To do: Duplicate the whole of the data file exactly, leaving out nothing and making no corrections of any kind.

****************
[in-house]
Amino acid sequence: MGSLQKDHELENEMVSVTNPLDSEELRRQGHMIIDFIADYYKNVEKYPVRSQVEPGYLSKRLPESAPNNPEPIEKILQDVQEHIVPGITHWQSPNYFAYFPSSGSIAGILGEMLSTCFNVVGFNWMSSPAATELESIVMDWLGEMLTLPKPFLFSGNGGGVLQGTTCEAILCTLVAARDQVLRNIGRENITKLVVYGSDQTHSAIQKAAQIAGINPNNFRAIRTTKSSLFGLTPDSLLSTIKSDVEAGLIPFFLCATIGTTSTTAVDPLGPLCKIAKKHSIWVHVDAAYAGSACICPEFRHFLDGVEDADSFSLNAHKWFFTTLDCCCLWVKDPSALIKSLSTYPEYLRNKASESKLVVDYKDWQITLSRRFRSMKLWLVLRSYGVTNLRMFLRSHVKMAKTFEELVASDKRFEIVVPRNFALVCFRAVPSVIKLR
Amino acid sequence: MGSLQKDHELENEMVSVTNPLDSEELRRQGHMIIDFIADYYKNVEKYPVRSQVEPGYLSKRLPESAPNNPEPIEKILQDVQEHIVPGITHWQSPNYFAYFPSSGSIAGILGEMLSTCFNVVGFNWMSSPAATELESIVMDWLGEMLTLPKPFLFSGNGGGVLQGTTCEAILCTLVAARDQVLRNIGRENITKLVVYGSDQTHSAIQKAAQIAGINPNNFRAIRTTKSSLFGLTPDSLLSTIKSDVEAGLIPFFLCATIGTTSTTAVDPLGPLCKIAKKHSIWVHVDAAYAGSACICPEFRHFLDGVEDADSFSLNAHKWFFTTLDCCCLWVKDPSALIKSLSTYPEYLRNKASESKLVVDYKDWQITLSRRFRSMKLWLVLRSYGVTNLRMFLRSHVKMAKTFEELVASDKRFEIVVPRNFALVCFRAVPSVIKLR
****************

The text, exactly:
[in-house]
Amino acid sequence: MGSLQKDHELENEMVSVTNPLDSEELRRQGHMIIDFIADYYKNVEKYPVRSQVEPGYLSKRLPESAPNNPEPIEKILQDVQEHIVPGITHWQSPNYFAYFPSSGSIAGILGEMLSTCFNVVGFNWMSSPAATELESIVMDWLGEMLTLPKPFLFSGNGGGVLQGTTCEAILCTLVAARDQVLRNIGRENITKLVVYGSDQTHSAIQKAAQIAGINPNNFRAIRTTKSSLFGLTPDSLLSTIKSDVEAGLIPFFLCATIGTTSTTAVDPLGPLCKIAKKHSIWVHVDAAYAGSACICPEFRHFLDGVEDADSFSLNAHKWFFTTLDCCCLWVKDPSALIKSLSTYPEYLRNKASESKLVVDYKDWQITLSRRFRSMKLWLVLRSYGVTNLRMFLRSHVKMAKTFEELVASDKRFEIVVPRNFALVCFRAVPSVIKLR
Amino acid sequence: MGSLQKDHELENEMVSVTNPLDSEELRRQGHMIIDFIADYYKNVEKYPVRSQVEPGYLSKRLPESAPNNPEPIEKILQDVQEHIVPGITHWQSPNYFAYFPSSGSIAGILGEMLSTCFNVVGFNWMSSPAATELESIVMDWLGEMLTLPKPFLFSGNGGGVLQGTTCEAILCTLVAARDQVLRNIGRENITKLVVYGSDQTHSAIQKAAQIAGINPNNFRAIRTTKSSLFGLTPDSLLSTIKSDVEAGLIPFFLCATIGTTSTTAVDPLGPLCKIAKKHSIWVHVDAAYAGSACICPEFRHFLDGVEDADSFSLNAHKWFFTTLDCCCLWVKDPSALIKSLSTYPEYLRNKASESKLVVDYKDWQITLSRRFRSMKLWLVLRSYGVTNLRMFLRSHVKMAKTFEELVASDKRFEIVVPRNFALVCFRAVPSVIKLR